In your book, you describe the situation for farmers in India who have to buy new seeds every year and end up taking their own lives because of their massive debts. What can be done to help the farmers who aren't able to live from their land?
In the places where these suicides occur we have noticed the dominance of industrial food production. Production that relies on chemicals and genetically modified organisms. That's why the small-scale farmers there suffer so much. They've been caught in the perverse grip of the large-scale agriculture industry. At the other end of the spectrum we see small-scale farmers who have close ties to local farming practices. In these places there are lots of small communities that are able to live and survive from their work. I learned about such a community in India where 100 women created an organic farming network and even spread information and advice using their own radio broadcasts. Terra Madre also wants to show young people that it's possible to return to the land and that their creativity and intelligence could introduce a real process of change.
But more young people are moving to cities where they think they have better chances at improving their lives.
That's one of the main points that need to be addressed. How can we keep these people from moving to cities? Urban environments offer young people a more social life with different types of attractions that aren't available in agricultural areas. Some organizations believe that people will return to farming if economic changes are made and faming becomes more sustainable. But that's not enough. For example, in Brazil, I've seen how people flood Sao Paolo only to end up living in the poorest of conditions. It's not enough to make economic changes. Instead we need to expand social life outside of urban areas. It has to be possible to visit a theater or see a movie without having to be in a city.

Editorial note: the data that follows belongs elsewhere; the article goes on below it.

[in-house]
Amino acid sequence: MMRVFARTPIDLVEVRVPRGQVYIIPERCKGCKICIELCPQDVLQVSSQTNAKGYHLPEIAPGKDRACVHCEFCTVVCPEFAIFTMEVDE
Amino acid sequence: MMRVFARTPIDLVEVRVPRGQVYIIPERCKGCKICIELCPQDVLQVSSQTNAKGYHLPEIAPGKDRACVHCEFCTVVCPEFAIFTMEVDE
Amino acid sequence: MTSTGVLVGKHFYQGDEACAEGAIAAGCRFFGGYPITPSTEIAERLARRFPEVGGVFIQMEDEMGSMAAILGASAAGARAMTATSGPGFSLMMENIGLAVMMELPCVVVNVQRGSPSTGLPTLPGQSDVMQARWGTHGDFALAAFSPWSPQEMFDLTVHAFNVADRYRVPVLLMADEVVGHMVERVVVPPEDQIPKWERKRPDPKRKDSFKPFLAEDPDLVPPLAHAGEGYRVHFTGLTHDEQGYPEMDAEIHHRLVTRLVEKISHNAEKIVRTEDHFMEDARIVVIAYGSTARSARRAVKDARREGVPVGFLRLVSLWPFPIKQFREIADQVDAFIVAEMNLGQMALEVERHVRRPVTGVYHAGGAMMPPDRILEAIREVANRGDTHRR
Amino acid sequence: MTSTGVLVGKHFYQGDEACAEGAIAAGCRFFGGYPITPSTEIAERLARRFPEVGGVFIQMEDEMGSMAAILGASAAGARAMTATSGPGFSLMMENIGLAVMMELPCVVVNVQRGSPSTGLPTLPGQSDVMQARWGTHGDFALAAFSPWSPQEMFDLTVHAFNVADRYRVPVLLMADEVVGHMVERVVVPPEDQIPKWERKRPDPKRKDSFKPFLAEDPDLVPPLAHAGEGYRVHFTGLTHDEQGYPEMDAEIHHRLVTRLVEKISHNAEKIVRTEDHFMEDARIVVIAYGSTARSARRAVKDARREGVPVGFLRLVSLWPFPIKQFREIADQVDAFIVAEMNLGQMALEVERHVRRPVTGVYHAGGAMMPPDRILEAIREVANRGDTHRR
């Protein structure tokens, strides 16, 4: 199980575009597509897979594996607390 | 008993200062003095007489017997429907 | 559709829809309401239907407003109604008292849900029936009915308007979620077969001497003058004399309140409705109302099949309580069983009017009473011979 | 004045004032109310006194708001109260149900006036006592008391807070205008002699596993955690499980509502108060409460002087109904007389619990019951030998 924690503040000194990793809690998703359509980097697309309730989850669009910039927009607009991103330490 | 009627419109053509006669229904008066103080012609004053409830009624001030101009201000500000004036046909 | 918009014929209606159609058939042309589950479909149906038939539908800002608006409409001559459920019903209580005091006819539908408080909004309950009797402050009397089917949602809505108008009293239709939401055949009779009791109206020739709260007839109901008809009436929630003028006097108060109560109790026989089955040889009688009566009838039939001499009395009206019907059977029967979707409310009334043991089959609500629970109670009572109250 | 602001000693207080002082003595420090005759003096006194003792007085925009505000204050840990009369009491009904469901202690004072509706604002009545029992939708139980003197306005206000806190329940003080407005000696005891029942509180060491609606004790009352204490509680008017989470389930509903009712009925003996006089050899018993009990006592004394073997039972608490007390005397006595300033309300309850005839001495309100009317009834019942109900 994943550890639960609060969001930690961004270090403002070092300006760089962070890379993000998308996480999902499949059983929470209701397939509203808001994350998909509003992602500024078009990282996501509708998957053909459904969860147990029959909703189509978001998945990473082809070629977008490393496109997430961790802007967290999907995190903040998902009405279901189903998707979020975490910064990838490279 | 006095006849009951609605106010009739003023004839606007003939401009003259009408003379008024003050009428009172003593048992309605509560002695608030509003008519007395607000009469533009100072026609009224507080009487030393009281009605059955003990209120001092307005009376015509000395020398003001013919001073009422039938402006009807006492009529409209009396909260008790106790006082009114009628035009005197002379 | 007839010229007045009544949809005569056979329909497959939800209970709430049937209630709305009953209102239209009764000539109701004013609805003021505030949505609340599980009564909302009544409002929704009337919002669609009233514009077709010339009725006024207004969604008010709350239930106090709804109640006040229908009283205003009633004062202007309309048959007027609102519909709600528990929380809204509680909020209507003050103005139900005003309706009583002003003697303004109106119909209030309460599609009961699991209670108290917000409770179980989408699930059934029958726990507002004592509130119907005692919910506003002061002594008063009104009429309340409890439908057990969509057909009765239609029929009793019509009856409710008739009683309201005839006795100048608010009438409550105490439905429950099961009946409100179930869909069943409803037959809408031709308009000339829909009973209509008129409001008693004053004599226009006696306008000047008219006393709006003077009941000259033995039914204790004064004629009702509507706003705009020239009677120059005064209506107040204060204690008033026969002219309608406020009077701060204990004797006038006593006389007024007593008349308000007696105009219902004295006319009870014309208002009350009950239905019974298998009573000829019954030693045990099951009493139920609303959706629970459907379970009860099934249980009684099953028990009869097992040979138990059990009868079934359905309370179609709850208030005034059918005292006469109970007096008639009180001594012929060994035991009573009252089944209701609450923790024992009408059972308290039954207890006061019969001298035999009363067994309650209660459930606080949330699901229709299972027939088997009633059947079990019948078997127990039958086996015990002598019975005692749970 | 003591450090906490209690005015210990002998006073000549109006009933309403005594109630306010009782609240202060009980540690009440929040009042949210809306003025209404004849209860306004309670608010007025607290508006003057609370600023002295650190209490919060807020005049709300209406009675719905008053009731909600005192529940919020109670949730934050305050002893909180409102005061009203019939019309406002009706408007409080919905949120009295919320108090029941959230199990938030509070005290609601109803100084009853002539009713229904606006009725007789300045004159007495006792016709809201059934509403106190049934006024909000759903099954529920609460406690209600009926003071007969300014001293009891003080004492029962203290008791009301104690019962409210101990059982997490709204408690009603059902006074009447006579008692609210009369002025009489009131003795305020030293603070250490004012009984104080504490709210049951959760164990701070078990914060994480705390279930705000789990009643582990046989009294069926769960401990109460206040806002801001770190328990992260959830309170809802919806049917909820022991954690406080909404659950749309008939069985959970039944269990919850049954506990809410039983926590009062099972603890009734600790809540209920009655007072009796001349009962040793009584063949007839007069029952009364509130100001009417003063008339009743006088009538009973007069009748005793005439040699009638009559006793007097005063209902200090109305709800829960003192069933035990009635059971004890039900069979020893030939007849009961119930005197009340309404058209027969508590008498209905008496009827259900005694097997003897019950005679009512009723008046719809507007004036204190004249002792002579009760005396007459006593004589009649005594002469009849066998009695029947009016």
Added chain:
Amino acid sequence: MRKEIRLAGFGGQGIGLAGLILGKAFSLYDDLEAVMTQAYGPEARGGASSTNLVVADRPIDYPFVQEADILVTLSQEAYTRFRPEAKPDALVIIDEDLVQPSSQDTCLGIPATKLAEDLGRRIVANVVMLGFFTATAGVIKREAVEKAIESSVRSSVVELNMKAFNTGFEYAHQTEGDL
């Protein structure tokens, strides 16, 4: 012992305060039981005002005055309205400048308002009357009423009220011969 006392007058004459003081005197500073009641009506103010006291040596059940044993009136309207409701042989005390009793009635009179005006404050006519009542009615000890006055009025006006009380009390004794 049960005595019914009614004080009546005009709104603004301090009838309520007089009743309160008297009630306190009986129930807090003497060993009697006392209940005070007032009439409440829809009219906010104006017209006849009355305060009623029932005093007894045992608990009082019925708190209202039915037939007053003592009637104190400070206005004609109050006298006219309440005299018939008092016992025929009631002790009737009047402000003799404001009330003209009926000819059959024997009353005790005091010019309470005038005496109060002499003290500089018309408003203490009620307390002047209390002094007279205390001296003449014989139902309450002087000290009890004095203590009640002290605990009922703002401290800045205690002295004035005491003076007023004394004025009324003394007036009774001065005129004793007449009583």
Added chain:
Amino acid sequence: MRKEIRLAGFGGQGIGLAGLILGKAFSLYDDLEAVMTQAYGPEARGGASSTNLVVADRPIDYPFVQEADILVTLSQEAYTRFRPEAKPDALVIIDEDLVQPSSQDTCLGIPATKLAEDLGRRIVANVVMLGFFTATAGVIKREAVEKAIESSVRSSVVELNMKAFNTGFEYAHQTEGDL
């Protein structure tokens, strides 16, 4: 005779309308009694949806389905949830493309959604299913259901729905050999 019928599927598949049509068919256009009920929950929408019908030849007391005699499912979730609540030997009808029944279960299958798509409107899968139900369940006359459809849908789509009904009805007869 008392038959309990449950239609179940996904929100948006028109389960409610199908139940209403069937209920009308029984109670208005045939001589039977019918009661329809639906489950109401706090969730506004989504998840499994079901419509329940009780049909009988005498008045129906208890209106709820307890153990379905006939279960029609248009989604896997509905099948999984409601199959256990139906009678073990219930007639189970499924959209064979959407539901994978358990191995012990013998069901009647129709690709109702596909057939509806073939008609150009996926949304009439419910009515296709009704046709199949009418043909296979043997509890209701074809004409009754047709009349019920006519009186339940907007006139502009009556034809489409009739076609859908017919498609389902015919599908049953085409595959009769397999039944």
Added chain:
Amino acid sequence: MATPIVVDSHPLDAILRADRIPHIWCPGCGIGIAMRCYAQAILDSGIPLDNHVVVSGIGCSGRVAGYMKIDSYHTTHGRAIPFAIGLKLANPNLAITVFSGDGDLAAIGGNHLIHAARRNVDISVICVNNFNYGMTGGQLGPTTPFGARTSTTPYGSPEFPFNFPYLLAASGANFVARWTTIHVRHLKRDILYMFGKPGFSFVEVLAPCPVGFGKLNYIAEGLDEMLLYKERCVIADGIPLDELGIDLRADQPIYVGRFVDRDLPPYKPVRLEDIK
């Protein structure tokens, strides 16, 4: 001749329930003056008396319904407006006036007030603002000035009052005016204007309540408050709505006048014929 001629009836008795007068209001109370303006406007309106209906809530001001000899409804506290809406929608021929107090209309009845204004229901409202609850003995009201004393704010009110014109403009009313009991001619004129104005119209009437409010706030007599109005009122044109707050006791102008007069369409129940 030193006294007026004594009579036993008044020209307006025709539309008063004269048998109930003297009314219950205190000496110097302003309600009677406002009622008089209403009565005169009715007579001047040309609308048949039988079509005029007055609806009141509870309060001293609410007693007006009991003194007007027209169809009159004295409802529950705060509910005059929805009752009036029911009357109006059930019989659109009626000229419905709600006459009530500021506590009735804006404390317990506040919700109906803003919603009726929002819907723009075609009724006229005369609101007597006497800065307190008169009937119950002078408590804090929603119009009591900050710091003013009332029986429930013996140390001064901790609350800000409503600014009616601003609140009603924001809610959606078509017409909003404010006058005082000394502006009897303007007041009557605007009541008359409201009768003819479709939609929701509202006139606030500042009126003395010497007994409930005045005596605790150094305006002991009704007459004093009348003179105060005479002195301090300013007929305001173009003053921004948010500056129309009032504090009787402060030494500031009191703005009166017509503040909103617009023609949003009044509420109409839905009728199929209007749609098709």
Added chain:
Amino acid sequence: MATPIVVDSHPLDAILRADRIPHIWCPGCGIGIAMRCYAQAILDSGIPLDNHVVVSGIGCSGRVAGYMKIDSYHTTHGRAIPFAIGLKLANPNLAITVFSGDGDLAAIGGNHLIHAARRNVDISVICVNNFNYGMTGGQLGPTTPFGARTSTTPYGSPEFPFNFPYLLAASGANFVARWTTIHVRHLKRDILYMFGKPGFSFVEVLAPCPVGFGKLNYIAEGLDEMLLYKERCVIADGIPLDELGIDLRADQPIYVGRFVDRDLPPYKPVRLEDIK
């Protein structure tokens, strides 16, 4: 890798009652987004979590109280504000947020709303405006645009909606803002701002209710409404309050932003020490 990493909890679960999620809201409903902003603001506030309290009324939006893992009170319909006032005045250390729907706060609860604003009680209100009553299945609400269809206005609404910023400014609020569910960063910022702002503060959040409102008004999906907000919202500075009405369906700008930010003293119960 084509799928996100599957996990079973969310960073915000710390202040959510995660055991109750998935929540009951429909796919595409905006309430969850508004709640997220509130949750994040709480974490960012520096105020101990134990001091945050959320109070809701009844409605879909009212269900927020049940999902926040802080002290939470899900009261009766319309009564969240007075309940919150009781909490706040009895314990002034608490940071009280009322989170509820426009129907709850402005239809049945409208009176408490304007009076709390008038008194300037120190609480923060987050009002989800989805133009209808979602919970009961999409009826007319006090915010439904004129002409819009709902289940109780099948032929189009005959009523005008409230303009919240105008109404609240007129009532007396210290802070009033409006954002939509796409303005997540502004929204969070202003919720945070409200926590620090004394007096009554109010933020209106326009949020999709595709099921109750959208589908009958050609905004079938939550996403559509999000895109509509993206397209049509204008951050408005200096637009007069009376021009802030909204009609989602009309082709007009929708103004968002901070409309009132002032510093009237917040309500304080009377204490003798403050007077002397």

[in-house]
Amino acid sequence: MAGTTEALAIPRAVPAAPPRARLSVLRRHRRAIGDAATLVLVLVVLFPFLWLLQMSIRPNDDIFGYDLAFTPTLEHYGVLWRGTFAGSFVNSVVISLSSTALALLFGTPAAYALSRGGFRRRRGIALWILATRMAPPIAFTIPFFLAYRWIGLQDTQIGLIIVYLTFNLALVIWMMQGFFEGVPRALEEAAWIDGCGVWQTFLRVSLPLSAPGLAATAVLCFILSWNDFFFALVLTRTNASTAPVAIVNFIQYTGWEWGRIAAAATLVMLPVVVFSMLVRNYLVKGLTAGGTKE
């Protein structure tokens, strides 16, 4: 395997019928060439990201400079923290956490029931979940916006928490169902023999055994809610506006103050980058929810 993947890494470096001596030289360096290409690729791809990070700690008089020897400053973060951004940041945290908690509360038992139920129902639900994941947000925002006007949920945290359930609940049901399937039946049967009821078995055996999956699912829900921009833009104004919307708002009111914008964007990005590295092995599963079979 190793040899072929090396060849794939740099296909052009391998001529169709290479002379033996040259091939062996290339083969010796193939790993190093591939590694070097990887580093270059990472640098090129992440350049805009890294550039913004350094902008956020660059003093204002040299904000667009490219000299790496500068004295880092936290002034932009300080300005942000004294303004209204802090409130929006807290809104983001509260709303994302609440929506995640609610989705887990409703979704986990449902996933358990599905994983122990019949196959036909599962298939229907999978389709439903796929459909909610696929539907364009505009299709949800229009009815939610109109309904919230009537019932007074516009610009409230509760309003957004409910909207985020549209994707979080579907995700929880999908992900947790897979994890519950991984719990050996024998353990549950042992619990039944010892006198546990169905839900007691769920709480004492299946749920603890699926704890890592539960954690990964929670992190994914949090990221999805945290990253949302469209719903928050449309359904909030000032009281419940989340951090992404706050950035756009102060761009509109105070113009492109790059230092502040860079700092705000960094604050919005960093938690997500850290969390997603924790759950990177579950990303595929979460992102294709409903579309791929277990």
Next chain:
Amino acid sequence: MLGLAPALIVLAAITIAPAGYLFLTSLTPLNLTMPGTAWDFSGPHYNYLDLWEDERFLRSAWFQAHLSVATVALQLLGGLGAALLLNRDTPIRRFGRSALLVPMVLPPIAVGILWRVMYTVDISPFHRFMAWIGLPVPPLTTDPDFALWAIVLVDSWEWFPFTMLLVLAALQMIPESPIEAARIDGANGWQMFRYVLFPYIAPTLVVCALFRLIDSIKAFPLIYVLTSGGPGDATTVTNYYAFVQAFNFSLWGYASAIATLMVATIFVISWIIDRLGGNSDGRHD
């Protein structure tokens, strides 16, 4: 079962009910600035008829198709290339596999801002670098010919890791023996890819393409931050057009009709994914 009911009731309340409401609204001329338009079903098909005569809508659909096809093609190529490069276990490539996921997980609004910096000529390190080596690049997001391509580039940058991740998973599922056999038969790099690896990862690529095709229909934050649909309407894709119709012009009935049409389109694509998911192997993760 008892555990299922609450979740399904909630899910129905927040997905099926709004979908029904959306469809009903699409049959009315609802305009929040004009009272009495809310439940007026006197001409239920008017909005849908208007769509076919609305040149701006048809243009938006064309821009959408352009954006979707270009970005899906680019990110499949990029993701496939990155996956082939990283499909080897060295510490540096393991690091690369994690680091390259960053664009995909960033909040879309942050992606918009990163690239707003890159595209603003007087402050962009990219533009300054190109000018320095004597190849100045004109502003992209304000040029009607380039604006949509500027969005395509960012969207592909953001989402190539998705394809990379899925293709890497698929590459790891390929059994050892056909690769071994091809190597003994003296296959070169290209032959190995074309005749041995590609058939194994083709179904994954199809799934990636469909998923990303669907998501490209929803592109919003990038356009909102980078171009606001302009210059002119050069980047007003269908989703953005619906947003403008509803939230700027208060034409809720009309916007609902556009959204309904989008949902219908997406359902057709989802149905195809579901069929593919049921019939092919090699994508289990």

When you had the idea of a slow food movement some 25 years ago it was set in contrast to fast food. Now we're living in a world with broadband Internet and smart phones and it seems that life is constantly speeding up. How do you judge the current conditions for promoting a slower lifestyle and considered thought?
There is no absolute value to going slowly. Slowness should be enjoyed in homeopathic doses. The important thing is that we decide the rhythm we live by for ourselves. Terra Madre started by addressing food and it's served as a launching point for discussions on agricultural and environmental policies. Food is often seen just as an ingredient in our lives. But that's wrong. Food gives us energy for life; we can only live because we eat. Terra Madre and other movements have embraced the view that the food we eat is at the heart of political issues - even if politicians don't realize it. The humble and modest around the world know that food is central to issues of social justice, of environmental protection and with respect for others.
Interview: Anke Rasper, translated from Italian by Johannes Hampel / sms